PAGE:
Pathologically, Alzheimer's disease (AD) is characterized by deposits of neuritic plaques (NP) and neurofibrillary tangles (NFT) typically found in the cerebral cortex, hippocampus, and basal forebrain. Increasing evidence suggests that the major constituent of NP, a B-amyloid protein(BAP) composed of 39-42 amino acids, possesses neurotoxic properties. It has been reputed that the neurotoxic properties of BAP(1-40) may be dependent on the aggregational state of the peptide. Recent studies have demonstrated in vitro that a fragment of the B-amyloid protein, BAP(25-35), disrupts intracellular calcium homeostasis, decreases neuronal survival, and potentiates the toxicity of excitatory amino acids (EAA). While some evidence supports the direct in vivo toxicity of BAP, the extent of neuronal damage has not been compared with standard lesions made by EAAs. Moreover, currently the effects of intracerebral injections of BAP(2535) on learning and memory in the rat is unknown. Therefore, in this study a comparative behavioral and histological assessment was conducted following bilateral intrahippocampal injections of BAP(25-35), ibotenic acid (IBO), BAP(25-35)+IBO, and incubated BAP(25-35) (1 week at 37 C). A radial arm maze and Morris water maze were utilized for comparative learning and memory assessment. Preliminary results indicate that there is a clear disruption of learning performance in animals co-injected with low doses of BAP(25-35) (4nmol/ul) + IBO (lug/ul) while identical doses injected separately had no effect. The deficits in learning observed following injections of BAP(25-35)+IBO and the high does of IBO was not, however, due to disruptions in motor behavior as there was no difference found between groups on a treadmill test in those that ran the maze and those that did not. In support of the behavioral results, preliminary histological analyses revealed cytotoxic effects in the hippocampus following injections of BAP(25-35) '+ IBO or a high does of IBO. This study suggests that the injection of BAP (25-35) into the hippocampus promotes the vulnerability of neurons to excitotoxic damage in vivo and disrupts learning/memory in rats.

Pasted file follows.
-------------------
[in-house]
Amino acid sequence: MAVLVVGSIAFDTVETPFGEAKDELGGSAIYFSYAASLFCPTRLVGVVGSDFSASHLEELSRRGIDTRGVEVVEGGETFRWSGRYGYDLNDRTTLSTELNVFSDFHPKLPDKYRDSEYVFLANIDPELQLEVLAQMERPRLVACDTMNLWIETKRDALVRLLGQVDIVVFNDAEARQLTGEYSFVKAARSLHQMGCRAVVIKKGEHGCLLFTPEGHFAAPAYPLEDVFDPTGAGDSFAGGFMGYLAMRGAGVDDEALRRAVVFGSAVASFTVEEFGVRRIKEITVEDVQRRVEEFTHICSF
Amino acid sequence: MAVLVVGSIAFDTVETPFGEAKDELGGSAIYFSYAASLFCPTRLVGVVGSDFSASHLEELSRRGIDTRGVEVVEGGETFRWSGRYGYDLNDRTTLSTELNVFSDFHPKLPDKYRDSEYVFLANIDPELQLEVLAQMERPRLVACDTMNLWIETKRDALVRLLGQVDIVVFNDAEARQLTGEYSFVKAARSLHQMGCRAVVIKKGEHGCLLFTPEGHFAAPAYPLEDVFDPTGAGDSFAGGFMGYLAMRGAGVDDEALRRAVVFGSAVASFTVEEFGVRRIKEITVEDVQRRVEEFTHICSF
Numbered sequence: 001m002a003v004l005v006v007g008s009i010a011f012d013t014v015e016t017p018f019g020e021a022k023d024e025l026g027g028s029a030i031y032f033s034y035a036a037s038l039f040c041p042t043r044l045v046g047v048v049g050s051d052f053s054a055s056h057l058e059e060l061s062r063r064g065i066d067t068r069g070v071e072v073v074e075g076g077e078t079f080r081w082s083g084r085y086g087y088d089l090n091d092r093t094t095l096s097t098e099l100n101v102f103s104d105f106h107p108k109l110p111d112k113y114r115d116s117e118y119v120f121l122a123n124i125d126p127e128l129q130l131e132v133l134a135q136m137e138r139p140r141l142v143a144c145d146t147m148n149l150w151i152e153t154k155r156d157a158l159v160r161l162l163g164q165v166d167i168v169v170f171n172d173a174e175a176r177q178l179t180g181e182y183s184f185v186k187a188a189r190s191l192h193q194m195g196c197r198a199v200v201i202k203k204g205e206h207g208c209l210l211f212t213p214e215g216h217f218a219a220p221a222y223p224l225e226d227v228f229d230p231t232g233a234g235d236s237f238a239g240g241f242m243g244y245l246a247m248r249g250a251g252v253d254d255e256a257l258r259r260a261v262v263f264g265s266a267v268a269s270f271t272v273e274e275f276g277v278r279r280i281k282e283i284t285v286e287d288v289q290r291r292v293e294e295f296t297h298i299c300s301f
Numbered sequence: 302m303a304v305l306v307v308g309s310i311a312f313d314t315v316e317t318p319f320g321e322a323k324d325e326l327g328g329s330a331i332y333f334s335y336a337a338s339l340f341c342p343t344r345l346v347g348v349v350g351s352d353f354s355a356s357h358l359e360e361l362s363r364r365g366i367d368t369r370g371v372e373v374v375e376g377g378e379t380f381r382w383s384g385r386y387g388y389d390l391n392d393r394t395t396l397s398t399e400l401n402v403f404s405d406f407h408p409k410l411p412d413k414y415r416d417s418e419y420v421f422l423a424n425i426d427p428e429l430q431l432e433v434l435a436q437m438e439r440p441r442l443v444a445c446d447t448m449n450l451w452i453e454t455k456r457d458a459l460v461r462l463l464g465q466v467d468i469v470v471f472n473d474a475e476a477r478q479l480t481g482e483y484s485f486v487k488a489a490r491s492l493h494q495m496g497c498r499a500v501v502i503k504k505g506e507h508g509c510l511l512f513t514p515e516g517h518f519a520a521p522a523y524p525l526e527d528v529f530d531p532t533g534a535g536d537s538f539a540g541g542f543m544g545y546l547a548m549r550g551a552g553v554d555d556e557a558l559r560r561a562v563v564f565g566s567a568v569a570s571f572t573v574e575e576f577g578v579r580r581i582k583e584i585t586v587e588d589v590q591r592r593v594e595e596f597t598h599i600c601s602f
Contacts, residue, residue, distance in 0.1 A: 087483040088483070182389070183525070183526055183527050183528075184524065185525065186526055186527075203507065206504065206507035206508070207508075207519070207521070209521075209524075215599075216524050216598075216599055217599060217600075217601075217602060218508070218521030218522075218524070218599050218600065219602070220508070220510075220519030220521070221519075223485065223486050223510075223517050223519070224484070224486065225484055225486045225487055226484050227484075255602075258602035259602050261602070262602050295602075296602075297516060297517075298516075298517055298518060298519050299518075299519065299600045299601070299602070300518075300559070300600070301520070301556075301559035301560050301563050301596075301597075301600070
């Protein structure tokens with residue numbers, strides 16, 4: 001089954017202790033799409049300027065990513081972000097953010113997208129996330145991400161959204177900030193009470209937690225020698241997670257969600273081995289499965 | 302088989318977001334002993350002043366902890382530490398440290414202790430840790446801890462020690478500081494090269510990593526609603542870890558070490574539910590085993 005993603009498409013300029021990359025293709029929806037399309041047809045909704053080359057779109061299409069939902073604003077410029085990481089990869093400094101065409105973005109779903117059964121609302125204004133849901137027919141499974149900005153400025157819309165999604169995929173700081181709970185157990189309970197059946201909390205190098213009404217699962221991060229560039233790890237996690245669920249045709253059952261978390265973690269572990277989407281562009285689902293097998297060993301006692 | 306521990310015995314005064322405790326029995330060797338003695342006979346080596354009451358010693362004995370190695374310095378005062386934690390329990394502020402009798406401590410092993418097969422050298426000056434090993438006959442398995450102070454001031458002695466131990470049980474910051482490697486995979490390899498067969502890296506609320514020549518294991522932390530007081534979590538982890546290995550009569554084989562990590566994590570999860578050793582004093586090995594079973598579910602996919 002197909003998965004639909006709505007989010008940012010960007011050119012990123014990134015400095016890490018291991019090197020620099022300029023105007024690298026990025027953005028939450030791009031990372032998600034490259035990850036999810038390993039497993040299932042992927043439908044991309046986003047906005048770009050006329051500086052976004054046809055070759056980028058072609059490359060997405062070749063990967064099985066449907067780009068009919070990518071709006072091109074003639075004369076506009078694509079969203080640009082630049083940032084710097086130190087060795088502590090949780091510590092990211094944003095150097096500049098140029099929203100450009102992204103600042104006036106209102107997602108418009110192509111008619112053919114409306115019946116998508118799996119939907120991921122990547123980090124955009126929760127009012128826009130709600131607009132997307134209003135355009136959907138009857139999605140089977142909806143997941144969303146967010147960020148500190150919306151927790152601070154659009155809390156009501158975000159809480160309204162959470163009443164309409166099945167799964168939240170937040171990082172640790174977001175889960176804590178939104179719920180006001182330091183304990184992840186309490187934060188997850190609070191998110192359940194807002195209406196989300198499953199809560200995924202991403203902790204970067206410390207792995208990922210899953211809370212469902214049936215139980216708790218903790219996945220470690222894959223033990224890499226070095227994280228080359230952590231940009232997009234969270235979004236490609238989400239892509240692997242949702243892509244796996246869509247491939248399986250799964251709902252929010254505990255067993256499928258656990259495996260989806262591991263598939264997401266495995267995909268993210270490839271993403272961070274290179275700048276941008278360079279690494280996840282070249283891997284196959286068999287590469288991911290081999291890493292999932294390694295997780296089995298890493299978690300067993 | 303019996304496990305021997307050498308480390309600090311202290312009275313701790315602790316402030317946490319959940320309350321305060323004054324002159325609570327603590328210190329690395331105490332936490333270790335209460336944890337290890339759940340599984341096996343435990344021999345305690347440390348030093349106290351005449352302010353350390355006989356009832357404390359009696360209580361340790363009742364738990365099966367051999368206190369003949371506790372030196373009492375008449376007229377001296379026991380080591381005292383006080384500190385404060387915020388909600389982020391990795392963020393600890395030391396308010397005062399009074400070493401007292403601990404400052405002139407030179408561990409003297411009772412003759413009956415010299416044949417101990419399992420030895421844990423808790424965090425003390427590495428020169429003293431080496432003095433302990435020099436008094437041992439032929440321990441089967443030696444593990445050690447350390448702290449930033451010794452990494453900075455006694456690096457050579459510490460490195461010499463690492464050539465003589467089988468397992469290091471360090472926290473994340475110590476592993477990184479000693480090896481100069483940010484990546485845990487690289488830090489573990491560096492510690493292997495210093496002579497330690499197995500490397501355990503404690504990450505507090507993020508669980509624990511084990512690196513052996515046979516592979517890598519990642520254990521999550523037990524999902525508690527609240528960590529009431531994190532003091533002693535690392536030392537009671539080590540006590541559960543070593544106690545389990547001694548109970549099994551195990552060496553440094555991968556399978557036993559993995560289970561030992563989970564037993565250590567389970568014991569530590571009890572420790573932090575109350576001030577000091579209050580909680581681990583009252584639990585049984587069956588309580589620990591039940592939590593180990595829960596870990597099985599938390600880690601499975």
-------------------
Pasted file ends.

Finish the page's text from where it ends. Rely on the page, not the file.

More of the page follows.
Kang '93, David E., "An Animal Model of Alzheimer's Disease: Behavioral and Histological Assessment Following Bilateral Intrahippocampal Injections of B-Amyloid (25-35)" (1993). Honors Projects. Paper 78.